Title: A Little Rebellion is a Good Thing
Challenge Question: What was the scope of Jefferson’s influence on bringing the country from a government that was tested by rebellion and failed to one that was tested by rebellion and succeeded?
Grade level: Middle (6-8)
Topic/subject: (pick topics or subjects, as many as applicable. Add your own as needed)
Name: Katherine Yeffa Orenberg
School: Pleasanton Middle School
Lesson type: Group
Duration: 120-150 min
August 1786 – February 1787
Angry farmers led by Daniel Shays in Massachusetts rebelled because they had no money to pay their bills and were being arrested. They had no money because the government didn’t pay them for fighting in American Revolution, and it took six months for the government to suppress it. Significance of the revolt showed how hard it was to raise an army under the Articles. This led to the feeling that Articles needed to be fixed because they were weak: They had no power to tax and could only ask states for money. They could plan an army but not draft soldiers. They had limited power to enforce laws made by congress. It was difficult to make new laws. The colonists were so afraid of a powerful central ruler that they gave too much power to the states and too little to the federal, or central, government.
The Constitutional Convention
There was a decision to form a new government and throw out the Articles so states could be strong, but the national government would be stronger. Men at Convention thought that because the state constitutions had bills of rights, a general one wasn’t necessary. However, Americans were concerned that their freedoms could be taken away from them, just as the British had done. Jefferson wrote from Paris to Madison, telling him that a bill of rights was needed. In July 1788, most states ratified the Constitution after a Bill of Rights was promised to protect the rights of individuals and states.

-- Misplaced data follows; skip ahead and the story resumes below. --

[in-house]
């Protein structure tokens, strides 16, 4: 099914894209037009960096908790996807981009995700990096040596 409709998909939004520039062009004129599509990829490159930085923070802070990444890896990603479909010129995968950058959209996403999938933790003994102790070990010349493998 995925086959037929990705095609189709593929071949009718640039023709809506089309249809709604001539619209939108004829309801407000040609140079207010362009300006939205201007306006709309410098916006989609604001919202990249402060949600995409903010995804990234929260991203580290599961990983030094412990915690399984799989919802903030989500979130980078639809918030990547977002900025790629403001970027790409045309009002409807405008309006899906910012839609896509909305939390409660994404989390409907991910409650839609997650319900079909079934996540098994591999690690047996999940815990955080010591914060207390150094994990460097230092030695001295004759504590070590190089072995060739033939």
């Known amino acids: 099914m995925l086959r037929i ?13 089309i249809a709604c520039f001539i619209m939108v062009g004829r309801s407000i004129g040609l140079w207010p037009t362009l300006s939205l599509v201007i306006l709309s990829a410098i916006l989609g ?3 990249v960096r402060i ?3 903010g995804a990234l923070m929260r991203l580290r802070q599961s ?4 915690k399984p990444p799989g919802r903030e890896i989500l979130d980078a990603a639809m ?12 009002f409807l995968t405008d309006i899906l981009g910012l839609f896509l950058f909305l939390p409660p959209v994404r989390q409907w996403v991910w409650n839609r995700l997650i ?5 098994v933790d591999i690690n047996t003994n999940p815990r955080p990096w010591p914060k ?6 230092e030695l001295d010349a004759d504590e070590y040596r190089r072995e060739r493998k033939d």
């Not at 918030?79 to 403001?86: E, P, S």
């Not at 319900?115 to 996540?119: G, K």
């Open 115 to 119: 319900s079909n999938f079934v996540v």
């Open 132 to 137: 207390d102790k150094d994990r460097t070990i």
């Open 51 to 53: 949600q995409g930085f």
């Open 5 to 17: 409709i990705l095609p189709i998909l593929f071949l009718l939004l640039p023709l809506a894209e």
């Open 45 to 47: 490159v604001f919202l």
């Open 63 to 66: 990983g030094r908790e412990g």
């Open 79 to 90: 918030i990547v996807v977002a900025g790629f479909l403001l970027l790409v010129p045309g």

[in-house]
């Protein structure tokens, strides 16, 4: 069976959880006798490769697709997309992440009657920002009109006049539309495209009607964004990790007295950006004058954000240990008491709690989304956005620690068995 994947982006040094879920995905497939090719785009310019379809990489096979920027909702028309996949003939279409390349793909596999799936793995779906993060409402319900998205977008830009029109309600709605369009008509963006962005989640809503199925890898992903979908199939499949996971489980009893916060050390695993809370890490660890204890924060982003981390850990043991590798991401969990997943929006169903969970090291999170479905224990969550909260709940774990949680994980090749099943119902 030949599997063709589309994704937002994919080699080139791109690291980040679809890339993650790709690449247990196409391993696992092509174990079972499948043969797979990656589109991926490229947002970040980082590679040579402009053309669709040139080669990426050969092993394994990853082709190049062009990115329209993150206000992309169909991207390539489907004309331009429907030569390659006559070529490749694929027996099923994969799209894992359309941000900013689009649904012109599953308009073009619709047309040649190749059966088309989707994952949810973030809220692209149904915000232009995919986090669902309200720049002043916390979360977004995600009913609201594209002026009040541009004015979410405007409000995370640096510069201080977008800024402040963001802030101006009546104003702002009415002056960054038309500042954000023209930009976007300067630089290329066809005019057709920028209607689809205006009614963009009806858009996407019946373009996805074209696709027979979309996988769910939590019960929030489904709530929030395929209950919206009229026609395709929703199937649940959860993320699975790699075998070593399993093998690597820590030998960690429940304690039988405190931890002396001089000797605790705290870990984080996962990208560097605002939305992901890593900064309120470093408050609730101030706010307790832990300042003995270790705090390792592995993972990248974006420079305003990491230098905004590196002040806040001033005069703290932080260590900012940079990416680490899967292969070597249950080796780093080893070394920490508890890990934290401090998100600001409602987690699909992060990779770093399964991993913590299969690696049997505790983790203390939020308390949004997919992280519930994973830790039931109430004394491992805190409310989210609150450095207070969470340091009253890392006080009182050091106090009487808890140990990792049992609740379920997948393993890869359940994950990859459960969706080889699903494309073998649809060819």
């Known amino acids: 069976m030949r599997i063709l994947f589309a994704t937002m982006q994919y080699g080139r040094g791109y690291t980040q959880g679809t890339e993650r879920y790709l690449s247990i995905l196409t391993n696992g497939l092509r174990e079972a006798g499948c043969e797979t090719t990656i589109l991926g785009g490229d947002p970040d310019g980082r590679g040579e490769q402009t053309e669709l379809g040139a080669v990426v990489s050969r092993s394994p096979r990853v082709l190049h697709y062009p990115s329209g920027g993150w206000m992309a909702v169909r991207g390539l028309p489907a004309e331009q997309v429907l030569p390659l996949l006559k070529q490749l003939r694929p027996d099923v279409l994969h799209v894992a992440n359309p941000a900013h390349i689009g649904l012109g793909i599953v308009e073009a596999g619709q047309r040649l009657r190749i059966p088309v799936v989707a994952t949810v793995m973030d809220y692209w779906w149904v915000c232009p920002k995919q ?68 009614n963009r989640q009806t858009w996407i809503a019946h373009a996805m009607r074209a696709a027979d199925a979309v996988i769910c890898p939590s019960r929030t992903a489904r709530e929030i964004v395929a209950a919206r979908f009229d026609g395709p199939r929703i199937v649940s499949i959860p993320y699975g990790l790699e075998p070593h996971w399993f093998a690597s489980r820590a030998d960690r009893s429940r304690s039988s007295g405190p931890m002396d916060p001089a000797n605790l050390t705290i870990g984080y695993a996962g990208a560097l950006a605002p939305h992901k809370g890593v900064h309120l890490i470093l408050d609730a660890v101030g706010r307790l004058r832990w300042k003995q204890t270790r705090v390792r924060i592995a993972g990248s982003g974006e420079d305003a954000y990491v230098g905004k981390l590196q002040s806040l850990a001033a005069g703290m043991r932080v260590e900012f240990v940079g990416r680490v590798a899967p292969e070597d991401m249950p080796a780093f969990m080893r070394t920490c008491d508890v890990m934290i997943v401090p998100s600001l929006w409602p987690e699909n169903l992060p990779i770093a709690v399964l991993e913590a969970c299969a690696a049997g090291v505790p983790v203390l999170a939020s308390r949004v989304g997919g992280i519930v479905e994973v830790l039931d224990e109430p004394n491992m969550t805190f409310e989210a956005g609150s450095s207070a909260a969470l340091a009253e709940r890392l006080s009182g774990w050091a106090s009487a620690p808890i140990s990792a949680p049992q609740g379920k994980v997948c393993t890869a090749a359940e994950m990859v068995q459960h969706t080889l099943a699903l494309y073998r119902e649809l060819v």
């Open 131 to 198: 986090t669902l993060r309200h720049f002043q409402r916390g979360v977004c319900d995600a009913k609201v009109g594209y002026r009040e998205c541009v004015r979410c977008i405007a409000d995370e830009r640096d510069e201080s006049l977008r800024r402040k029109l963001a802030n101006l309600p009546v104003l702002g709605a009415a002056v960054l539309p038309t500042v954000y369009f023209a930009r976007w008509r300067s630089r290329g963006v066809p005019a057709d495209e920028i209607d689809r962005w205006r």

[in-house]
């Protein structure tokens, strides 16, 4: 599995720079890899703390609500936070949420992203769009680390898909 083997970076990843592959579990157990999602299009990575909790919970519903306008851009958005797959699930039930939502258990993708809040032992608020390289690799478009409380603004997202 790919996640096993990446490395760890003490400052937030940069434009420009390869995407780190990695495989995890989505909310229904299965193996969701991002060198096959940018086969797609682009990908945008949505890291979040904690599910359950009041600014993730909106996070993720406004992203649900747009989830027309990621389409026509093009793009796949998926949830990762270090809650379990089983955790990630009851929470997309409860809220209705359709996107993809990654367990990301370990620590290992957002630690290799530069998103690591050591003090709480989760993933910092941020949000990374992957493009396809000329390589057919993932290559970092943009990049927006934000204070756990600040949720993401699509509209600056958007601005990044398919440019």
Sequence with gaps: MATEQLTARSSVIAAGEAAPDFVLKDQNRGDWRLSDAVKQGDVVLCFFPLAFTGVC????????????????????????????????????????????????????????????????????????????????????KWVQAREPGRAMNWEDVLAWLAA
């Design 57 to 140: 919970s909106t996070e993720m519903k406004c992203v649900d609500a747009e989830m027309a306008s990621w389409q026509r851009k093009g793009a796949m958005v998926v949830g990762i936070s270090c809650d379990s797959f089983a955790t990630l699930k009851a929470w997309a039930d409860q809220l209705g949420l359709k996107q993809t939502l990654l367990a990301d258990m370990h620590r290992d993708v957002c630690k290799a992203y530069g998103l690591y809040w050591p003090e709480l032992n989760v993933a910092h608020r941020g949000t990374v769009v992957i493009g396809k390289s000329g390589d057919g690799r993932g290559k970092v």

There was a tax imposed on whiskey to help with debt. Many Pennsylvania farmers protested violently because they made money by selling whiskey. Washington led an army and ended the rebellion. Significance of the revolt showed that the government was more powerful under the Constitution.
State or national standards:
Cite specific textual evidence to support analysis of primary and secondary sources.
Determine the central ideas or information of a primary or secondary source; provide an accurate summary of the source distinct from prior knowledge or opinions.
Integrate visual information (e.g., in charts, graphs, photographs, videos, or maps) with other information in print and digital texts.
Analyze the relationship between a primary and secondary source on the same topic.
Objectives/Rationale: This lesson is designed to be a culminating activity to learning about both Shays’ and Whiskey Rebellions, and the role they played in the timeline of changing American government. There will be a special focus on Jefferson’s contributions during this time.
Outcomes: Students will create museum exhibits that make inferences on the larger themes of why the Articles of Confederation failed under one rebellion, and the Constitution survived under another.
Students will analyze the scope of influence and pivotal role Jefferson held in the creation of The Bill of Rights.
Period/Day 1: Introduction to Sources and Web Tools
(Optional: Take this period to introduce the web tools and sources to students if they have not yet used them in prior activities. If your students are already familiar, you may skip Day 1.)
-1 computer per group of 3 or 4 students
– Handout (in shared document online or paper copies for each group)
– Ability to save or print images/letters from websites
– Projector (optional for modeling tutorials on Day 1)
– If you do not have enough computers for student groups to create exhibits, have students write, print, or draw the artifacts and glue them to construction paper.
– Access to the following websites:
Accommodations: Multiple learning styles are present in this lesson, and the size of groups may vary based on grade level and ability. If there is a lack of technology or a technology modification is necessary, all parts of this may be done on paper as long as a student or teacher has access to the 3 resources listed at the top and the ability to draw or print a picture of a chosen artifact. This activity would be equally valuable completed in a “scrapbook style.”